Volume 75, Number 9 | July 20- 26, 2005

Laura Wolfe
The Bitter End
147 Bleecker Street
Aug. 17
Siren CD available at www.cdbaby.com

The “Siren” singer

Lower East Side native releases debut album

BY Aileen Torres

Laura Wolfe, a native of the Lower East Side, has always been performing. She grew up in a very musically-oriented, politically progressive household, with a mother who is a professional classical pianist and a father who was a member of the Weathermen, a revolutionary group of communists active from the late ‘60s to the early ‘80s, and former history professor at NYU. Wolfe, who is now in her thirties, participated in demonstrations herself as a teenager and college student, but her ultimate passion is for singing.

“I sang gospel music for six years,” said Wolfe, who was a member of the choir at LaGuardia High School. “I kind of see myself in that tradition of singer-songwriter, but a little bit more funk and soul bits in there than the traditional white singer-songwriter, I should say.” Wolfe grew up listening to music from a variety of genres, from pop, funk and soul to classical music, and these influences are evident in her full-length debut album, Siren, released this June.

The album was produced by Steve Addabbo, who has worked with the artists Suzanne Vega and Shawn Colvin. Wolfe was all praises for Addabbo. “He’s so great. I had worked with another producer, and he just wasn’t capturing my voice. I was introduced to him [Addabbo] through my friend. He came down to one of my shows, and he was like, I’d love to work with you. It was a great experience. I felt so excited and at home in the studio. Really comfortable. It also was another affirmation for me—yes, I’m doing the right thing. This is what I’m supposed to be doing.” Wolfe also worked with Dido’s rhythm section on Siren—Alex Alexander on drums and Keith Golden on bass.

Wolfe describes her debut album as the culmination of a lot of things in her life. She had grown up in New York City, where she had been surrounded by ethnically diverse peers, many of whom were from radical families. Then she went away to attend college at Oberlin, which was definitely a big shift from her childhood urban environment.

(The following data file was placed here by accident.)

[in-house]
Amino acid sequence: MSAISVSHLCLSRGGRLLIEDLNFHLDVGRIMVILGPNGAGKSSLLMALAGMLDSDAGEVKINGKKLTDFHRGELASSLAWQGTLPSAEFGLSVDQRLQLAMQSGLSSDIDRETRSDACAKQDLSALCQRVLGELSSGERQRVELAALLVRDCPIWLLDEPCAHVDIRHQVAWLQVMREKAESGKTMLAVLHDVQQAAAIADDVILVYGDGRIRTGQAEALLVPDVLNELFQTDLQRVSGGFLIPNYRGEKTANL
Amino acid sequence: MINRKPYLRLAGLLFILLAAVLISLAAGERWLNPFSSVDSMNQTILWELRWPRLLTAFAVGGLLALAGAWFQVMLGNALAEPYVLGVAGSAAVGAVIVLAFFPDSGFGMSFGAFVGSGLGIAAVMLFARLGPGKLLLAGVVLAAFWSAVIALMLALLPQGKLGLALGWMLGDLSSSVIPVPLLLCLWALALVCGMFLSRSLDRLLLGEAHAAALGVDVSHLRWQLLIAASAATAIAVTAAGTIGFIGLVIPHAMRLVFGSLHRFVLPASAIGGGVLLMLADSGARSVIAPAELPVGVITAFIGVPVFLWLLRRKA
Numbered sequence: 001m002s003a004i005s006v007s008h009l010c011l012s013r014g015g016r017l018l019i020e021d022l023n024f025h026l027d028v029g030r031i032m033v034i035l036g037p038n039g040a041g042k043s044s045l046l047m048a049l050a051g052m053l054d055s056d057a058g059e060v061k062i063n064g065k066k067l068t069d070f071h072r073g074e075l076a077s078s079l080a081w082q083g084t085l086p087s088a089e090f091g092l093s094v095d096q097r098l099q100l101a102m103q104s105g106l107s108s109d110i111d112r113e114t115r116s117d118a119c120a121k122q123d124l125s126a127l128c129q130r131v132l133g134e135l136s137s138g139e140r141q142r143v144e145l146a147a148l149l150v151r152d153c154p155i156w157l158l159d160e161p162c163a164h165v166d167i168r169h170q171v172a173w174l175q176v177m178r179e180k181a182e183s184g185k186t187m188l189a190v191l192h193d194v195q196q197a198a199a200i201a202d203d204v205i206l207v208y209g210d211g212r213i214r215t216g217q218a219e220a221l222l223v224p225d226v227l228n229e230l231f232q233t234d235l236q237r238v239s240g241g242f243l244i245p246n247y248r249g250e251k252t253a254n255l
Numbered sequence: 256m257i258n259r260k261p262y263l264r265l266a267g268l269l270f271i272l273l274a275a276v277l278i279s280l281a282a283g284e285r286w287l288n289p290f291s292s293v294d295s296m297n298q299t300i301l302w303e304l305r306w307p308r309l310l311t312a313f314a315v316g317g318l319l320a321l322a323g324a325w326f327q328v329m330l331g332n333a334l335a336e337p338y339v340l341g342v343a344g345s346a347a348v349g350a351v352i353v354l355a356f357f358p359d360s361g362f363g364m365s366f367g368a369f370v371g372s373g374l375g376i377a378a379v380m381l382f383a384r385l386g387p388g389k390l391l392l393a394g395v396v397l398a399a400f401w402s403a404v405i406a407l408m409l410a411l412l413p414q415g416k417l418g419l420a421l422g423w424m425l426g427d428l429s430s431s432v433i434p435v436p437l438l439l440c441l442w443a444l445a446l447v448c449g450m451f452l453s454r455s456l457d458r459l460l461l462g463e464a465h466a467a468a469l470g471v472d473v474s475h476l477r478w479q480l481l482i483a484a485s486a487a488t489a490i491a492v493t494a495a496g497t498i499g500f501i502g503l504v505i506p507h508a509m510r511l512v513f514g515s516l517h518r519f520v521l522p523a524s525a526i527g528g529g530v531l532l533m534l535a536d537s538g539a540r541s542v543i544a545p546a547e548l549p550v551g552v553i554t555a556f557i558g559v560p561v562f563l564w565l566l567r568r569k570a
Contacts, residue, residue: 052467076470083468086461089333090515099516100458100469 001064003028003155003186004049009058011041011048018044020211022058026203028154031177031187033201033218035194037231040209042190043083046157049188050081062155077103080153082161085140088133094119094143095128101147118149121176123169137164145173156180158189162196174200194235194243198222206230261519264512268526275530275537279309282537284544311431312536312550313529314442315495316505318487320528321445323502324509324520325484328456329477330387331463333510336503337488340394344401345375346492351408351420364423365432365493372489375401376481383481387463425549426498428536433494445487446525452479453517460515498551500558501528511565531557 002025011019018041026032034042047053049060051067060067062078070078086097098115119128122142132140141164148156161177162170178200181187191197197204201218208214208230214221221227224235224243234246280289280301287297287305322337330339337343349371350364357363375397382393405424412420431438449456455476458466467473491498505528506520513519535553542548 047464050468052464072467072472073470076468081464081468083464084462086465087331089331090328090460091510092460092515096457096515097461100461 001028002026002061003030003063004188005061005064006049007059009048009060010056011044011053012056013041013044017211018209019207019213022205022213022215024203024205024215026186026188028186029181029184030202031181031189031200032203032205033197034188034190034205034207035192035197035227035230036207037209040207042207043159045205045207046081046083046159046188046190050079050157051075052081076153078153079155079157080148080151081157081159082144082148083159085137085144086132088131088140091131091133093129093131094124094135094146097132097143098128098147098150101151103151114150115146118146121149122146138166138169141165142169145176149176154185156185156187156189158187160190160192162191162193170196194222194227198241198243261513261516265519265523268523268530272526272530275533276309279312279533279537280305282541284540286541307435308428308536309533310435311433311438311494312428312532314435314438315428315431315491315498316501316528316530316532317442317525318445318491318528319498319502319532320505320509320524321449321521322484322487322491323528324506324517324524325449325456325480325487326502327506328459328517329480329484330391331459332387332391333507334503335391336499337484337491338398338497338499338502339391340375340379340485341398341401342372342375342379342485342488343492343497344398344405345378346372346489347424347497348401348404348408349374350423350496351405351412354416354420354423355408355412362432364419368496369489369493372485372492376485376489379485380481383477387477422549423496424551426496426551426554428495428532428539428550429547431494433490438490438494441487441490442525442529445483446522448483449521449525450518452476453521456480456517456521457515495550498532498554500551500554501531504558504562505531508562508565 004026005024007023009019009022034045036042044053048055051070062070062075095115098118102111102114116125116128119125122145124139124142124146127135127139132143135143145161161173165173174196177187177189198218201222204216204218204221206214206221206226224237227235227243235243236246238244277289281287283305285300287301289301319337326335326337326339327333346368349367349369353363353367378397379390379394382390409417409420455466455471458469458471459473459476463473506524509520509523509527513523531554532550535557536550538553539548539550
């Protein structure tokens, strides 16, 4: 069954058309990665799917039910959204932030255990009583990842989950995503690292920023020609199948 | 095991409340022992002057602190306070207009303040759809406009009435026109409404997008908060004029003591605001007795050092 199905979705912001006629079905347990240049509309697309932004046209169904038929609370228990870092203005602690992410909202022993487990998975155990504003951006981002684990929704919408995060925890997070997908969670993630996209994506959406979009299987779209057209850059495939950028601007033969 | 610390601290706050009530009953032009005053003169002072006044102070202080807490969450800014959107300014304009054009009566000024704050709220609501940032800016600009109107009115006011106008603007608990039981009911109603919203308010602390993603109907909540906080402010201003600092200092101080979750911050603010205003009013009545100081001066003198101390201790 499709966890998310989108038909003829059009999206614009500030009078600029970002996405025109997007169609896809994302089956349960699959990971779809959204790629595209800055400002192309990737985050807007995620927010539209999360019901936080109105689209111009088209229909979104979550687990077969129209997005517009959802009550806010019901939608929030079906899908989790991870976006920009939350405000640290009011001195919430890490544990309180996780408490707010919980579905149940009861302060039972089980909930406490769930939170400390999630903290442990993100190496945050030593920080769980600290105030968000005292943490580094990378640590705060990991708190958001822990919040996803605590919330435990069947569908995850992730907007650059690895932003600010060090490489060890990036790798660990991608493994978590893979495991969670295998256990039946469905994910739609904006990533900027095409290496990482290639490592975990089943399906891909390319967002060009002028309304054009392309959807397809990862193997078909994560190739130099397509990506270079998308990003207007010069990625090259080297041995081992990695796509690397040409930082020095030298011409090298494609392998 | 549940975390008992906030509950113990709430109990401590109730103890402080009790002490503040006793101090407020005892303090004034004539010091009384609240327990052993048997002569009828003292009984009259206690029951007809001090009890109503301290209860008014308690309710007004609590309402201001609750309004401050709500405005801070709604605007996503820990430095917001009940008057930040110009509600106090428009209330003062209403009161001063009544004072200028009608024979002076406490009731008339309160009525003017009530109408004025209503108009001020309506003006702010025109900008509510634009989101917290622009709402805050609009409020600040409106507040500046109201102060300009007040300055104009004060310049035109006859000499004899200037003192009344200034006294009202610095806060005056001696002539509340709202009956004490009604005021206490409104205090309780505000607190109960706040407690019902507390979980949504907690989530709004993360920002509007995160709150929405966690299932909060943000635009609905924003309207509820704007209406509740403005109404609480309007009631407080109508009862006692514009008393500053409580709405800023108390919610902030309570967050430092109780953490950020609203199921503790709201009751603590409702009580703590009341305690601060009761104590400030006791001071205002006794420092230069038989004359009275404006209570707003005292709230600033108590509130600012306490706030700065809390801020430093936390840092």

Although she had been writing songs as a kid, Wolfe really became interested in songwriting during college. Her moment of epiphany came about after she played a couple of her songs at a local coffeehouse. She didn’t take it seriously at the time—“They were just songs I wrote,” she said. “They were fun”—but for several months after being up on that stage, she had people approaching her to tell her that they had been touched by her songs. “And I think that’s when I realized this is gonna be what I did for my life. I was just, like, wow. You know, it’s like when you’re in that little insular moment of creating something, and then you open it out there, and you realize it’s significant because it actually moves people. It affects people.”

Making a difference, contributing something positive to the world, is the essence of Wolfe’s philosophy on art, and life in general. “I guess, you create for yourself to a certain extent, but I was raised with [the mentality] that what you do in the world should be something that uplifts and educates, or causes people to think,” she said.

During college, Wolfe became interested in performance art. She collaborated with a modern dance company in conjunction with her musical activities, but she held on to a traditional core in her music. “I like a melody,” she said, which is clear on Siren, where there is a thread of the torch singer tradition. “I wouldn’t say I’m traditional,” explained Wolfe, “but I kind of like something you can hold on to, either lyrically, or—something that’s not so intellectual that it loses heart.”

Siren itself is a product of an intense emotional time in Wolfe’s life. She began writing it in college—for instance, the songs “Nuclear Love” and “City Child”—and when she returned to New York, she had to deal, as all young adults do, with the process of deciding “what you’re gonna do with your life, contending with the drama of relationships, and all the other drama that comes up in life. I grew up here, and finding my identity [was tough],” said Wolfe, who was admittedly a wild child as a teenager. She did a lot of partying, and, while she had a lot of fun, she felt that she didn’t know herself at the time. Working on Siren was more than just working on music. It was “also about being centered,” said Wolfe. “I think I’m coming into my own making a CD, and knowing that I can hold on to myself no matter how it’s received, knowing I’m happy with the work.”

Thus far, Wolfe has played mostly in New York. She’s done the performance tour of the East Village club scene, including CB’s, 313 Gallery and Fez, and is now looking to play in other cities and also internationally. The official release party for Siren will take place this fall, when Wolfe will be touring as well.

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